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Erdogan calls on US to extradite preacher Gulen in Istanbul speech

Secretary of State John Kerry said US will assist Turkey in investigation of failed coup and invited Ankara to share any evidence it has against Gulen
Exiled Turkish Muslim preacher Fethullah Gulen at his residence in Saylorsburg, Pennsylvania in 2013 (AFP/Zaman Daily)

Turkish President Recep Tayyip Erdogan on Saturday urged the United States to extradite the preacher Fethullah Gulen, who he accuses of masterminding the failed coup, to face trial in Turkey.

"The United States - you must extradite that person," he told thousands of supporters in Istanbul, referring to Gulen, who lives in Pennsylvania and has denied any involvement in Friday's attempted coup.

Gulen, who has lived in self-imposed exile in the US for more than a decade, maintains a following within Turkey and his supporters are believed to have raised some $17m between 2004 and 2015, the Voice of America (VOA) reported. Gulen denied involvement in the coup and his followers say they are victims of an unfair crackdown and have accused Erdogan of increasingly authoritarian measures.

Turkey's government accuses the Gulen movement of infiltrating the police, judiciary and political system and creating a state within a state.

Erdogan said he had repeatedly told US President Barack Obama that Gulen threatened Turkey's security and should be extradited.

"I am calling on America here, I am calling on Mr President (Obama)," he told the crowd.

"Mr President, I told you myself, either deport or hand over to us this person who lives in 400 acres of land in Pennsylvania," he said, carefully not referring to Gulen by name.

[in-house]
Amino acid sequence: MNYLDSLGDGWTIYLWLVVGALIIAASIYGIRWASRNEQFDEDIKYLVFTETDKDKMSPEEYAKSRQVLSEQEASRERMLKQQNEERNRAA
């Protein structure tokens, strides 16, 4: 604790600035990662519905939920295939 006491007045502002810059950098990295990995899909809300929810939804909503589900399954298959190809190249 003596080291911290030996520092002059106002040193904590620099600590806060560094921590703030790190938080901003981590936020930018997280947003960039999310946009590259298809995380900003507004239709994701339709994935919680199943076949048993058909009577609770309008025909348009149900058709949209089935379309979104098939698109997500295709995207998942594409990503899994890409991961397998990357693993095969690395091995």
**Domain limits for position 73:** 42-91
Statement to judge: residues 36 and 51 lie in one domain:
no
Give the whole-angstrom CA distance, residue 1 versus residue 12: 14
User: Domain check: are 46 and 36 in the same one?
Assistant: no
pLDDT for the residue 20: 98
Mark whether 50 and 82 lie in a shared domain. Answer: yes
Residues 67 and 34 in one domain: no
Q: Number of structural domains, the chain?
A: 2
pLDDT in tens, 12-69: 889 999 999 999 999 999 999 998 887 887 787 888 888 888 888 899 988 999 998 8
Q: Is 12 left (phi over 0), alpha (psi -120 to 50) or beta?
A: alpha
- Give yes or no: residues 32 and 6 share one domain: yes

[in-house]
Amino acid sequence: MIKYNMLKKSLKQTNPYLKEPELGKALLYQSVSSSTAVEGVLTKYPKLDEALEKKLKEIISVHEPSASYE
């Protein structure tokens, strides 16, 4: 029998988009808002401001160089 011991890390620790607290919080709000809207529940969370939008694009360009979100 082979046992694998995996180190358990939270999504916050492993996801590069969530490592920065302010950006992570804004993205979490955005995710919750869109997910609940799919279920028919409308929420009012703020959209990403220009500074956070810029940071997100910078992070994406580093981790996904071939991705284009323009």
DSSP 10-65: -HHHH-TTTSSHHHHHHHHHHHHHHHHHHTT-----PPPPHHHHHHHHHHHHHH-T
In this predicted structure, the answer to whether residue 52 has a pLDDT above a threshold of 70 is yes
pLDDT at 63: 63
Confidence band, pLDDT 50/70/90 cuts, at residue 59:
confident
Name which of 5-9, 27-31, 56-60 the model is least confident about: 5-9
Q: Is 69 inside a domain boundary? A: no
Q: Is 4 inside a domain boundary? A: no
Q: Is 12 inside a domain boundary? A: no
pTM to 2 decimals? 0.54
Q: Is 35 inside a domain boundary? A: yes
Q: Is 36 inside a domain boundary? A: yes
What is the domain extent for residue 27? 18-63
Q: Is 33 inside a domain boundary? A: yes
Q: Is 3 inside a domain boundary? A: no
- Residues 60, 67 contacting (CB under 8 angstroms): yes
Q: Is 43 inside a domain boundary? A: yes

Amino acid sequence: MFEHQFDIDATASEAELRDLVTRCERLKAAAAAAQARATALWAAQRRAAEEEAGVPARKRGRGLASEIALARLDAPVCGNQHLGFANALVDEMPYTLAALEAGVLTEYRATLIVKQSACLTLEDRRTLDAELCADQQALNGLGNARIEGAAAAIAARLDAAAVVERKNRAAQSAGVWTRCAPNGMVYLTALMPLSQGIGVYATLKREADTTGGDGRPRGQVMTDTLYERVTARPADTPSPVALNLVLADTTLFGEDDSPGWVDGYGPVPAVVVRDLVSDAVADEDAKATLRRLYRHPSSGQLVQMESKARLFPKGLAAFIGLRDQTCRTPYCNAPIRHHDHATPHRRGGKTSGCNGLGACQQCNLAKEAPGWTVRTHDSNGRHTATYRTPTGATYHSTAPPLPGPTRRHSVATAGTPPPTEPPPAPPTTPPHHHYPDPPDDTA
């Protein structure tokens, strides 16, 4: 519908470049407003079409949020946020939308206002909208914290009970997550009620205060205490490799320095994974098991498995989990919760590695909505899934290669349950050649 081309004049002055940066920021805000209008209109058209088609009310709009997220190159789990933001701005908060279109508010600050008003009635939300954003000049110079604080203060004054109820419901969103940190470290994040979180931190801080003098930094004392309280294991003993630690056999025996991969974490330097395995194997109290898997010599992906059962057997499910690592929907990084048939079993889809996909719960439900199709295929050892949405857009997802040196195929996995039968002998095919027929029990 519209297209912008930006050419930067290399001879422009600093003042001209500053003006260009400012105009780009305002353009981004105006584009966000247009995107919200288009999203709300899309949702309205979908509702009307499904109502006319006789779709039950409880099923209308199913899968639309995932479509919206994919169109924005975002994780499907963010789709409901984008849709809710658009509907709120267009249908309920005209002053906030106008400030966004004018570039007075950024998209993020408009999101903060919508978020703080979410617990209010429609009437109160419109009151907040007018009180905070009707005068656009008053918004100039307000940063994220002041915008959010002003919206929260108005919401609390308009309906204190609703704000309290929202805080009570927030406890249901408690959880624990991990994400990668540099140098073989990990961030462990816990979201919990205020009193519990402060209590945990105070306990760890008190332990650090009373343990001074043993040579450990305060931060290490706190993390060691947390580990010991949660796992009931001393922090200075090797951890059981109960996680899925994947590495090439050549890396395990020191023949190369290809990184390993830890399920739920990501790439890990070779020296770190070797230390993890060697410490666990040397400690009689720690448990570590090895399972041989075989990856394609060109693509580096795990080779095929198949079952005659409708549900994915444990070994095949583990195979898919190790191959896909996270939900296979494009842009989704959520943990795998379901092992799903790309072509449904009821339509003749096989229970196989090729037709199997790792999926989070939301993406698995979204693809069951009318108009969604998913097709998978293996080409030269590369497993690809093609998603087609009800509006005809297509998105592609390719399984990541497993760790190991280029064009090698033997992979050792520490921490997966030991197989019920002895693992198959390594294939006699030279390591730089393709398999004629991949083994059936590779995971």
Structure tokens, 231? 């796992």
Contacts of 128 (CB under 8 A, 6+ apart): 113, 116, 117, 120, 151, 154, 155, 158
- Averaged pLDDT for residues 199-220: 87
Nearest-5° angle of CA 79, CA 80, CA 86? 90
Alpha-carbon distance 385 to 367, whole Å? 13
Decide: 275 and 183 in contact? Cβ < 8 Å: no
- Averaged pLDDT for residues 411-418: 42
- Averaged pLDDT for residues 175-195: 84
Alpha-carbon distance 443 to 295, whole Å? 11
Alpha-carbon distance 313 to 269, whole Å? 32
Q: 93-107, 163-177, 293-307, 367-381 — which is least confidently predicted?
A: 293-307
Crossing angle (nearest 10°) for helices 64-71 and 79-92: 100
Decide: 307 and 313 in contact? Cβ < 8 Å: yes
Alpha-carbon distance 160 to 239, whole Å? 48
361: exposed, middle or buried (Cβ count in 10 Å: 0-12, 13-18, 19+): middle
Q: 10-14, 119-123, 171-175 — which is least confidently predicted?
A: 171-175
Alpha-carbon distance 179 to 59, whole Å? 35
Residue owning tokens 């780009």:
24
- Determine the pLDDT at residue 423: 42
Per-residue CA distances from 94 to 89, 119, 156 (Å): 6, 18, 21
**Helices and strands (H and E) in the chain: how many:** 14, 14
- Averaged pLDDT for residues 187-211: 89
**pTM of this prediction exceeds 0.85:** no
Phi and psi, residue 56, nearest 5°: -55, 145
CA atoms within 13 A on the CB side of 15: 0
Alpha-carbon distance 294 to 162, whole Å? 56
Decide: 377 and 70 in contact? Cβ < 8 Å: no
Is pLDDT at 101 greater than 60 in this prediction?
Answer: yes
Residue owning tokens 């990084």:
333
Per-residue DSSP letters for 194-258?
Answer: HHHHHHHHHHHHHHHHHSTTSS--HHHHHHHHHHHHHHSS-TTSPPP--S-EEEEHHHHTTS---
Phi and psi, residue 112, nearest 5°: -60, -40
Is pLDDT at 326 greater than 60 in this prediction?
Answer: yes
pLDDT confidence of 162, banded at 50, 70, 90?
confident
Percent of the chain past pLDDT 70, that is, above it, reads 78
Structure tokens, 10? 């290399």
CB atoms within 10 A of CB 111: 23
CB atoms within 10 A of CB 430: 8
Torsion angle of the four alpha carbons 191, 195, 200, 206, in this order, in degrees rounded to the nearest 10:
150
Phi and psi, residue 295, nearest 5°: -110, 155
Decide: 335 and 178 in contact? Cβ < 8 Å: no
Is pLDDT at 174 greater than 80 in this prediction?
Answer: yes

"I told you that he was engaged in coup plots but I was not listened to. Now again today after the coup I say it again. Deliver this man who lives in Pennsylvania to Turkey," Erdogan said.

Secretary of State John Kerry said on Saturday that the US will assist Turkey in the investigation of the failed coup and invited Ankara to share any evidence it has against Gulen.

"We fully anticipate that there will be questions raised about Mr Gulen," Kerry said in Luxembourg.

When asked if any of his backers were involved in the coup attempt, Gulen told The New York Times from his compound: "I don't know who my followers are."

"Since I do not know these individuals, I cannot speak of their potential involvement. It could be something from the opposition or nationalists. I have been away from Turkey for 30 years and have not been following this."

Shortly after the coup attempt began, Gulen had in a statement condemned the military uprising "in the strongest terms."

During his rare interview with the Times, Gulen said it was "possible" the coup was staged by Erdogan.

"But as a believer like myself, I cannot make accusations without evidence. It could be a lie, it could be a false accusation and I seek refuge from God in false accusations," Gulen said.

"Some leaders stage... false suicide attacks to strengthen their hand, such people may come up with such scenarios. As a believer, I cannot make false accusations."

Gulen preaches Sunni Islam together with a message of interfaith dialogue and his movement, known as Hizmit (Service), operates in Europe, the US, Asia and Africa, VOA said.